Vayeishev - Chanukah, 5767 Today's adverts show modern-day Egypt to be a land of endless sunsets, pristine beaches, coral reefs and smiling tourists riding immaculate camels past magnificent pyramids. This country, however—sitting cosily on the Red Sea—was not always the location for such an idyllic honeymoon. Three-and-a-half thousand years ago, immorality was the norm, idol worship the obsession and the country's largest natural resource was a thriving slave trade. The Midrash describes such atrocities as Pharoh bathing in the blood of Jewish babies, tiny infants being bricked into walls and slaves being ravished by wild beasts as examples of the apocalyptic scene that typified the culture. It was into this very nightmare that Yosef was

flung. At the tender age of seventeen, Yosef the beloved, pampered and protected favourite son of Yackov became Yosef the despised, enslaved and confronted castaway. Sold by his own flesh and blood into an endless hopeless nightmare, challenged and threatened both physically and spiritually, he not only survived but climbed the rungs of society to become the longest reigning Jewish monarch in history! What could possibly have been his secret to success? The Torah relates that Yackov sent Yosef to ascertain his brothers' well-being and expected to find them in Shechem. By the time he arrived there they had already moved on, prompting him to wonder what happened. On this, the possuk says; "A man discovered him, and behold! – he was blundering in the field; the man asked him, saying, 'What do you seek?'" (Ber. 37:15). With the instruction of this "man", Yosef was directed to Dothan to where he had the fateful meeting that led to his sale as a slave. Although the discussion with the helpful onlooker seems rather unremarkable, there are a couple of fascinating insights that show this event was not to be taken on face value. Firstly, since the Midrash enlightens us that the man he met was in fact the angel Gabriel, there was surely a deeper purpose for his appearance than simply to be a celestial road map. Secondly, what could the Torah possibly mean with the superfluous word " saying" within the possuk of "a man asked him, saying, "What do you seek?" The Kotzker Rebbe explains that this was indeed far more than a casual rendezvous. Before Yosef was catapulted into a life of slavery devoid of spiritual support, Hashem sent him the key to survival through his emissary Gavriel—a code that would unlock the most difficult binds and create a timeless message for all of us. Yosef was advised that whilst navigating the challenges in life, decide your course of action by saying what you seek! Decisions should not be based on convenience, comfort or momentary pleasure, but rather on the true desire instilled into every human being to do the right thing. At every crossroad of moral challenge, one should say to oneself, "what is really the correct move that will give me long-lasting pleasure?" Yosef was not the only one that took this message to heart and used these otherwise crushing challenges as a catalyst to greatness. Our great Chanukah heroes used this same thought process hundreds of years later to crush the mighty Greeks. With the future of Torah values being challenged, they entered a hopeless war with the "what must be morally done" weapon and defeated the entire Greek army.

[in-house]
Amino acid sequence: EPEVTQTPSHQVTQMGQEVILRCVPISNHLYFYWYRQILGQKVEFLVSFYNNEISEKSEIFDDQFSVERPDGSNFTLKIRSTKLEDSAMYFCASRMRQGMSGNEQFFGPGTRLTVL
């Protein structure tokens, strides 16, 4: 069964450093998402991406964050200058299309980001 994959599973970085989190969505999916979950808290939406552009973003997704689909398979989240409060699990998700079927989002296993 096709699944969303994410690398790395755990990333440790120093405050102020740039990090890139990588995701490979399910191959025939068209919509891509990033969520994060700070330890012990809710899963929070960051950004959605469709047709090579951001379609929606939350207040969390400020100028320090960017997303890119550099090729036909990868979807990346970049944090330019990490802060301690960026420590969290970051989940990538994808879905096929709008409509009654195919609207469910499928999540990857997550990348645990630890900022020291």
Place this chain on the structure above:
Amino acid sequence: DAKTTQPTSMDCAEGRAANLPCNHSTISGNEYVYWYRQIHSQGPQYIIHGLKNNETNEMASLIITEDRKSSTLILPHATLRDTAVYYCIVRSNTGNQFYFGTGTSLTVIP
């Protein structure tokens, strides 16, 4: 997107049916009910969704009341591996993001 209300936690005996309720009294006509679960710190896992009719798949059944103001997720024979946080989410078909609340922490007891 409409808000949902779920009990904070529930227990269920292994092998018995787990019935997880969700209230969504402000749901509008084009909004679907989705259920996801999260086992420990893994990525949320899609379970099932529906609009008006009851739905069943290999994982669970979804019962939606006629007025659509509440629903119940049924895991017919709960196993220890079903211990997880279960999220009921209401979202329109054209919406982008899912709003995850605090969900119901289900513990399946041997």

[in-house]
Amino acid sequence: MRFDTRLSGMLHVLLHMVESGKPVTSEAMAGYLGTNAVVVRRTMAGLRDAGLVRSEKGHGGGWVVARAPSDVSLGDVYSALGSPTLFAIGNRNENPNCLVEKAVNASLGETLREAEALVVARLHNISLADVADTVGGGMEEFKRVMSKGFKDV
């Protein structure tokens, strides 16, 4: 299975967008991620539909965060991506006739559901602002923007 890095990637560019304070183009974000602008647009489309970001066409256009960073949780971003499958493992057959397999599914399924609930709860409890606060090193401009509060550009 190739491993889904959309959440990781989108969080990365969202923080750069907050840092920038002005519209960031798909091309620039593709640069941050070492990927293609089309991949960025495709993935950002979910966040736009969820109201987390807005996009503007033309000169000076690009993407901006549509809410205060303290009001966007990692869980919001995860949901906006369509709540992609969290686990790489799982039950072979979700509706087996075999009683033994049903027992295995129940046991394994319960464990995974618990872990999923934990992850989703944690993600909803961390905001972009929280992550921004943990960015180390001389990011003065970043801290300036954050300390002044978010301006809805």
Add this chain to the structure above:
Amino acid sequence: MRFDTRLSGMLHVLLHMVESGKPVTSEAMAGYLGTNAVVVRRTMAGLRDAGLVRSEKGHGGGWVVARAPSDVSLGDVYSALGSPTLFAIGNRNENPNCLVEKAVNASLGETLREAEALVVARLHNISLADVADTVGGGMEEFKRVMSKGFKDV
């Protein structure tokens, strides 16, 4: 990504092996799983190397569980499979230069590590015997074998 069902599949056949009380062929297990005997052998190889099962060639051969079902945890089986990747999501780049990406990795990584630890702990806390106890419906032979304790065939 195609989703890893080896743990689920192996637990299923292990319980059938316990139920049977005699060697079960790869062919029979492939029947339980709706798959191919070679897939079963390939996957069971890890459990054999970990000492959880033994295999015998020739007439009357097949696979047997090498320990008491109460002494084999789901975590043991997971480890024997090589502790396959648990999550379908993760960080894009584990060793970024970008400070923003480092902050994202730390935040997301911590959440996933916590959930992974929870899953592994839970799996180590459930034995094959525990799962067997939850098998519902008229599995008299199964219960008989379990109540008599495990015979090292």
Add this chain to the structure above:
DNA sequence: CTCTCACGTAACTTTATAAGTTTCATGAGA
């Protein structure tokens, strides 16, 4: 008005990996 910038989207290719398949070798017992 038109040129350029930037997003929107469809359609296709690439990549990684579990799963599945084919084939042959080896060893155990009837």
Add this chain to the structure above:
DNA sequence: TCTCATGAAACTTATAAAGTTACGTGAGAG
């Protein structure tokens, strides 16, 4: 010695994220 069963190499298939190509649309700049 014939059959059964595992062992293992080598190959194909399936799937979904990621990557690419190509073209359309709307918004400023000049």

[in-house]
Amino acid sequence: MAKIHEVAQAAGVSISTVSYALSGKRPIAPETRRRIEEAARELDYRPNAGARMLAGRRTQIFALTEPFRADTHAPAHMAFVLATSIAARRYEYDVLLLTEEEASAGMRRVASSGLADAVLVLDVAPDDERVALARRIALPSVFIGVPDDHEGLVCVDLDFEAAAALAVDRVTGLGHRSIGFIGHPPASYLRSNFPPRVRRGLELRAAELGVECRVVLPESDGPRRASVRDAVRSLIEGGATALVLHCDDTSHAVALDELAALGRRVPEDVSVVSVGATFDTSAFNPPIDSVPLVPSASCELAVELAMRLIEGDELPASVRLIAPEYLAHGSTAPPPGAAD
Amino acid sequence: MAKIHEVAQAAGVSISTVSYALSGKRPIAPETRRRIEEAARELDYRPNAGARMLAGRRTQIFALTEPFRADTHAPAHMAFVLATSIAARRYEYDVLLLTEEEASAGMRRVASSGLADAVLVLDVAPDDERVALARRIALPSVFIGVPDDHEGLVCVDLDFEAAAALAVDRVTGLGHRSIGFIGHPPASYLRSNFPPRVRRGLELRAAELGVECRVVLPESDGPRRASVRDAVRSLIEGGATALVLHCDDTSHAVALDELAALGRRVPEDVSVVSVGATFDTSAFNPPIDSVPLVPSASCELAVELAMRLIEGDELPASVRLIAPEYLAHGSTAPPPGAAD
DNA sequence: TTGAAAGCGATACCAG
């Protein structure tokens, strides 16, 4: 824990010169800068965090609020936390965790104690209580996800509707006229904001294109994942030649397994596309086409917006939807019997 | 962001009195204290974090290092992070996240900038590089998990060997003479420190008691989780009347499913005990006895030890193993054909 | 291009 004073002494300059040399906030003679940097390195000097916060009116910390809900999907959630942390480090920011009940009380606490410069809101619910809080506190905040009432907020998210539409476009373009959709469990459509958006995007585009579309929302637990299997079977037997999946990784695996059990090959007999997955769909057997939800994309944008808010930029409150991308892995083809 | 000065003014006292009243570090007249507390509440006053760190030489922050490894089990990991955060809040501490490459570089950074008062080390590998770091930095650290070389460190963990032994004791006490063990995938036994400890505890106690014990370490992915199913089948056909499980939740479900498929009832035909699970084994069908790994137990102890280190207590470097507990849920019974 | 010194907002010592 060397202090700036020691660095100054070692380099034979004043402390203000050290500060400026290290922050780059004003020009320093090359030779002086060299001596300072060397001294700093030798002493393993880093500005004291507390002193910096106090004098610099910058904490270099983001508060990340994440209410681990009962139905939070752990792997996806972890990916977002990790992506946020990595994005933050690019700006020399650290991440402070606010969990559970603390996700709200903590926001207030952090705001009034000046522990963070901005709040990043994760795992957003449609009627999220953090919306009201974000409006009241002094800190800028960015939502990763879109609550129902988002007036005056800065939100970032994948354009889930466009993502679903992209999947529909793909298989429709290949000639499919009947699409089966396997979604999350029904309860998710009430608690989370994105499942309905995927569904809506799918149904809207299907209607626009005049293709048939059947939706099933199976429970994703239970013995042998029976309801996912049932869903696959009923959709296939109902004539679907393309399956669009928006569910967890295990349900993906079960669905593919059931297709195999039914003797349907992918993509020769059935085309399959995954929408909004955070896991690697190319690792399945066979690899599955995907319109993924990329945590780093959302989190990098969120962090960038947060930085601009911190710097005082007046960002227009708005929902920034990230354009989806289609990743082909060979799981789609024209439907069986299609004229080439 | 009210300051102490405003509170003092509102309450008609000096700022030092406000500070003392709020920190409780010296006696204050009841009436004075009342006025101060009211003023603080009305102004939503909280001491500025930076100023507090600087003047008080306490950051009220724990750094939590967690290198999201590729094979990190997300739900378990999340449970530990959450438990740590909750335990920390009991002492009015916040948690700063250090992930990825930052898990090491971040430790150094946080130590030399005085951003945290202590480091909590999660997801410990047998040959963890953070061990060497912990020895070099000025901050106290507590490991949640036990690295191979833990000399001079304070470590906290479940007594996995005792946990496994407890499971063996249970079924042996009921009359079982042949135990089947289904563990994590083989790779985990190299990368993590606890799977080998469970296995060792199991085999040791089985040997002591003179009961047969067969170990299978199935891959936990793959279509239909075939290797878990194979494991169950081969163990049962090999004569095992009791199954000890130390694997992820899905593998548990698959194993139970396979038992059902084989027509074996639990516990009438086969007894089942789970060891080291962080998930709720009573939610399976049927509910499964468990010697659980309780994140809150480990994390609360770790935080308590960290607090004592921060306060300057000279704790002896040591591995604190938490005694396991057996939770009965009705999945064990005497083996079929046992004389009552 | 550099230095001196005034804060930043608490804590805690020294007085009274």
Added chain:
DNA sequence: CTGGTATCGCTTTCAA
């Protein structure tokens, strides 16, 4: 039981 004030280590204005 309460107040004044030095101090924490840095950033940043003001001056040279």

As we physically kindle the lights on Chanukah we must lovingly rekindle our spiritual flame of burning dedication to the legacy of our heroically devout ancestors. Gut Shabbos and Happy Chanukah! Rabbi Sipper is a close friend of ShortVort.com.

Further divrei Torah from the Rov can be found on his yeshiva's website at www.ohravraham.com

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